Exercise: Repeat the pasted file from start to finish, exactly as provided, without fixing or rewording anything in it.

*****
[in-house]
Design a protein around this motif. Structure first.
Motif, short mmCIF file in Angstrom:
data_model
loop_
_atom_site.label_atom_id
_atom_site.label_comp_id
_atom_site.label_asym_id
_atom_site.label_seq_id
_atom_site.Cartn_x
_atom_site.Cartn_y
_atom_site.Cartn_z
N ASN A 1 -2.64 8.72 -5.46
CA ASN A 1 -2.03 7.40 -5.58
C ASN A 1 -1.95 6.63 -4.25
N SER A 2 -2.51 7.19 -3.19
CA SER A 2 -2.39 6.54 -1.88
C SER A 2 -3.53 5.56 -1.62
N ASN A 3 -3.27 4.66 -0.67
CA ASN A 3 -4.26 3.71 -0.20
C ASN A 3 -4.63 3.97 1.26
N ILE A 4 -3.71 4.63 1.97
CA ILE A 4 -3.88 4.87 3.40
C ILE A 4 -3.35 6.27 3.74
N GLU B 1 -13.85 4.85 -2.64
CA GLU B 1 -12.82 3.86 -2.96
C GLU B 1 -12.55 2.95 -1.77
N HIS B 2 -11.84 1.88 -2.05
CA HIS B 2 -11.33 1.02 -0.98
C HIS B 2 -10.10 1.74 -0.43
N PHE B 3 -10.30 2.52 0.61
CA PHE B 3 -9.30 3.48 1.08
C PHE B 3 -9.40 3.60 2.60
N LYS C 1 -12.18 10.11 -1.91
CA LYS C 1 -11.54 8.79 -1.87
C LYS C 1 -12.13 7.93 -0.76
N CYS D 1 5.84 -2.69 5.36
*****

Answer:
[in-house]
Design a protein around this motif. Structure first.
Motif, short mmCIF file in Angstrom:
data_model
loop_
_atom_site.label_atom_id
_atom_site.label_comp_id
_atom_site.label_asym_id
_atom_site.label_seq_id
_atom_site.Cartn_x
_atom_site.Cartn_y
_atom_site.Cartn_z
N ASN A 1 -2.64 8.72 -5.46
CA ASN A 1 -2.03 7.40 -5.58
C ASN A 1 -1.95 6.63 -4.25
N SER A 2 -2.51 7.19 -3.19
CA SER A 2 -2.39 6.54 -1.88
C SER A 2 -3.53 5.56 -1.62
N ASN A 3 -3.27 4.66 -0.67
CA ASN A 3 -4.26 3.71 -0.20
C ASN A 3 -4.63 3.97 1.26
N ILE A 4 -3.71 4.63 1.97
CA ILE A 4 -3.88 4.87 3.40
C ILE A 4 -3.35 6.27 3.74
N GLU B 1 -13.85 4.85 -2.64
CA GLU B 1 -12.82 3.86 -2.96
C GLU B 1 -12.55 2.95 -1.77
N HIS B 2 -11.84 1.88 -2.05
CA HIS B 2 -11.33 1.02 -0.98
C HIS B 2 -10.10 1.74 -0.43
N PHE B 3 -10.30 2.52 0.61
CA PHE B 3 -9.30 3.48 1.08
C PHE B 3 -9.40 3.60 2.60
N LYS C 1 -12.18 10.11 -1.91
CA LYS C 1 -11.54 8.79 -1.87
C LYS C 1 -12.13 7.93 -0.76
N CYS D 1 5.84 -2.69 5.36